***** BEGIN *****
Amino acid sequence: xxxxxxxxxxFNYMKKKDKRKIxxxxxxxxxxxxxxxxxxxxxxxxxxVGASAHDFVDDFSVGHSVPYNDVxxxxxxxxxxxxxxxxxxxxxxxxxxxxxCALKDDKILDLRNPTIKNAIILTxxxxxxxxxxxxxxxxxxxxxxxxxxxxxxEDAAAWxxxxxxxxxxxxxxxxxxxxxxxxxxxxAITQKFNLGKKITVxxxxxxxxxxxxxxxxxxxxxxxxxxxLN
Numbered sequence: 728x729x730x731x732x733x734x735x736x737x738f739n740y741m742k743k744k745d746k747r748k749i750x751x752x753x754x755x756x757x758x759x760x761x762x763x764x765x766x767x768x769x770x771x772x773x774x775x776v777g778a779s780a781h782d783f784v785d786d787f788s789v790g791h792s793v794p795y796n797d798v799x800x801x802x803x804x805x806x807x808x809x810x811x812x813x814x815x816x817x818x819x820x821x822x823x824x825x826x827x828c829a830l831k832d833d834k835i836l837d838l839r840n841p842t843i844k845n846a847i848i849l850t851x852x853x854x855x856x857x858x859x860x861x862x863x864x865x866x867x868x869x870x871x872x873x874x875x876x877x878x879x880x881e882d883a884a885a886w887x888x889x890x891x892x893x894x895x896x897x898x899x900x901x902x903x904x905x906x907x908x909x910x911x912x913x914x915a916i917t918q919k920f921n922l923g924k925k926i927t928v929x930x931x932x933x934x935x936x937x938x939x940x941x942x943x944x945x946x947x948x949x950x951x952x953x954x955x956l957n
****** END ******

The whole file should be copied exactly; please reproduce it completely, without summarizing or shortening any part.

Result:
Amino acid sequence: xxxxxxxxxxFNYMKKKDKRKIxxxxxxxxxxxxxxxxxxxxxxxxxxVGASAHDFVDDFSVGHSVPYNDVxxxxxxxxxxxxxxxxxxxxxxxxxxxxxCALKDDKILDLRNPTIKNAIILTxxxxxxxxxxxxxxxxxxxxxxxxxxxxxxEDAAAWxxxxxxxxxxxxxxxxxxxxxxxxxxxxAITQKFNLGKKITVxxxxxxxxxxxxxxxxxxxxxxxxxxxLN
Numbered sequence: 728x729x730x731x732x733x734x735x736x737x738f739n740y741m742k743k744k745d746k747r748k749i750x751x752x753x754x755x756x757x758x759x760x761x762x763x764x765x766x767x768x769x770x771x772x773x774x775x776v777g778a779s780a781h782d783f784v785d786d787f788s789v790g791h792s793v794p795y796n797d798v799x800x801x802x803x804x805x806x807x808x809x810x811x812x813x814x815x816x817x818x819x820x821x822x823x824x825x826x827x828c829a830l831k832d833d834k835i836l837d838l839r840n841p842t843i844k845n846a847i848i849l850t851x852x853x854x855x856x857x858x859x860x861x862x863x864x865x866x867x868x869x870x871x872x873x874x875x876x877x878x879x880x881e882d883a884a885a886w887x888x889x890x891x892x893x894x895x896x897x898x899x900x901x902x903x904x905x906x907x908x909x910x911x912x913x914x915a916i917t918q919k920f921n922l923g924k925k926i927t928v929x930x931x932x933x934x935x936x937x938x939x940x941x942x943x944x945x946x947x948x949x950x951x952x953x954x955x956l957n